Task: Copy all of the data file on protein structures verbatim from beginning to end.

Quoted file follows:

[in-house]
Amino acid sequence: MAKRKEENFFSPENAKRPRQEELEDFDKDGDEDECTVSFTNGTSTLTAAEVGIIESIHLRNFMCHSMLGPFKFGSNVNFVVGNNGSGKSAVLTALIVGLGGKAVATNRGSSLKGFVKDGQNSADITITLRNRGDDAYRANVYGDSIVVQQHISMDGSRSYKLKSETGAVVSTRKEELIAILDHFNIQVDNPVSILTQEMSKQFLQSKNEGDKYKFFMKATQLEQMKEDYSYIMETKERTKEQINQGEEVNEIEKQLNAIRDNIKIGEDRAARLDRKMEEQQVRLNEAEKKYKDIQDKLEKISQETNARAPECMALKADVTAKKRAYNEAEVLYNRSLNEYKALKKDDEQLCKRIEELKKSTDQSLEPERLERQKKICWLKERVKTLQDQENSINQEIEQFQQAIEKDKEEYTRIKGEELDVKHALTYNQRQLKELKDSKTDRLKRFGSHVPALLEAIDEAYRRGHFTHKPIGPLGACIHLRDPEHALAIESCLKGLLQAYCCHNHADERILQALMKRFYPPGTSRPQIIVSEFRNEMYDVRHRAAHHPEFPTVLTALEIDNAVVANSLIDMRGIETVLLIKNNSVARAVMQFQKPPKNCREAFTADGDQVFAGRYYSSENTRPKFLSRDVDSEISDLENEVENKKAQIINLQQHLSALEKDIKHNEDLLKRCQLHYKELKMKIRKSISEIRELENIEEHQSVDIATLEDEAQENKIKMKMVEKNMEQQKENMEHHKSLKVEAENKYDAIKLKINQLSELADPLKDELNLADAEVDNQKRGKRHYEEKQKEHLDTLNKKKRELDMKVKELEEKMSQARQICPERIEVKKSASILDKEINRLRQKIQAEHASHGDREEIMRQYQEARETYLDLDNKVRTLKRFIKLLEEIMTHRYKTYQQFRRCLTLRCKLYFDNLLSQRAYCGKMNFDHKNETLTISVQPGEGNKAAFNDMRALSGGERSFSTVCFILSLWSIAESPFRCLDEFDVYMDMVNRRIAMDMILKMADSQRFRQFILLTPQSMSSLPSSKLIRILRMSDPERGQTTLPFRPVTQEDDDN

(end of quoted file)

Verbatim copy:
[in-house]
Amino acid sequence: MAKRKEENFFSPENAKRPRQEELEDFDKDGDEDECTVSFTNGTSTLTAAEVGIIESIHLRNFMCHSMLGPFKFGSNVNFVVGNNGSGKSAVLTALIVGLGGKAVATNRGSSLKGFVKDGQNSADITITLRNRGDDAYRANVYGDSIVVQQHISMDGSRSYKLKSETGAVVSTRKEELIAILDHFNIQVDNPVSILTQEMSKQFLQSKNEGDKYKFFMKATQLEQMKEDYSYIMETKERTKEQINQGEEVNEIEKQLNAIRDNIKIGEDRAARLDRKMEEQQVRLNEAEKKYKDIQDKLEKISQETNARAPECMALKADVTAKKRAYNEAEVLYNRSLNEYKALKKDDEQLCKRIEELKKSTDQSLEPERLERQKKICWLKERVKTLQDQENSINQEIEQFQQAIEKDKEEYTRIKGEELDVKHALTYNQRQLKELKDSKTDRLKRFGSHVPALLEAIDEAYRRGHFTHKPIGPLGACIHLRDPEHALAIESCLKGLLQAYCCHNHADERILQALMKRFYPPGTSRPQIIVSEFRNEMYDVRHRAAHHPEFPTVLTALEIDNAVVANSLIDMRGIETVLLIKNNSVARAVMQFQKPPKNCREAFTADGDQVFAGRYYSSENTRPKFLSRDVDSEISDLENEVENKKAQIINLQQHLSALEKDIKHNEDLLKRCQLHYKELKMKIRKSISEIRELENIEEHQSVDIATLEDEAQENKIKMKMVEKNMEQQKENMEHHKSLKVEAENKYDAIKLKINQLSELADPLKDELNLADAEVDNQKRGKRHYEEKQKEHLDTLNKKKRELDMKVKELEEKMSQARQICPERIEVKKSASILDKEINRLRQKIQAEHASHGDREEIMRQYQEARETYLDLDNKVRTLKRFIKLLEEIMTHRYKTYQQFRRCLTLRCKLYFDNLLSQRAYCGKMNFDHKNETLTISVQPGEGNKAAFNDMRALSGGERSFSTVCFILSLWSIAESPFRCLDEFDVYMDMVNRRIAMDMILKMADSQRFRQFILLTPQSMSSLPSSKLIRILRMSDPERGQTTLPFRPVTQEDDDN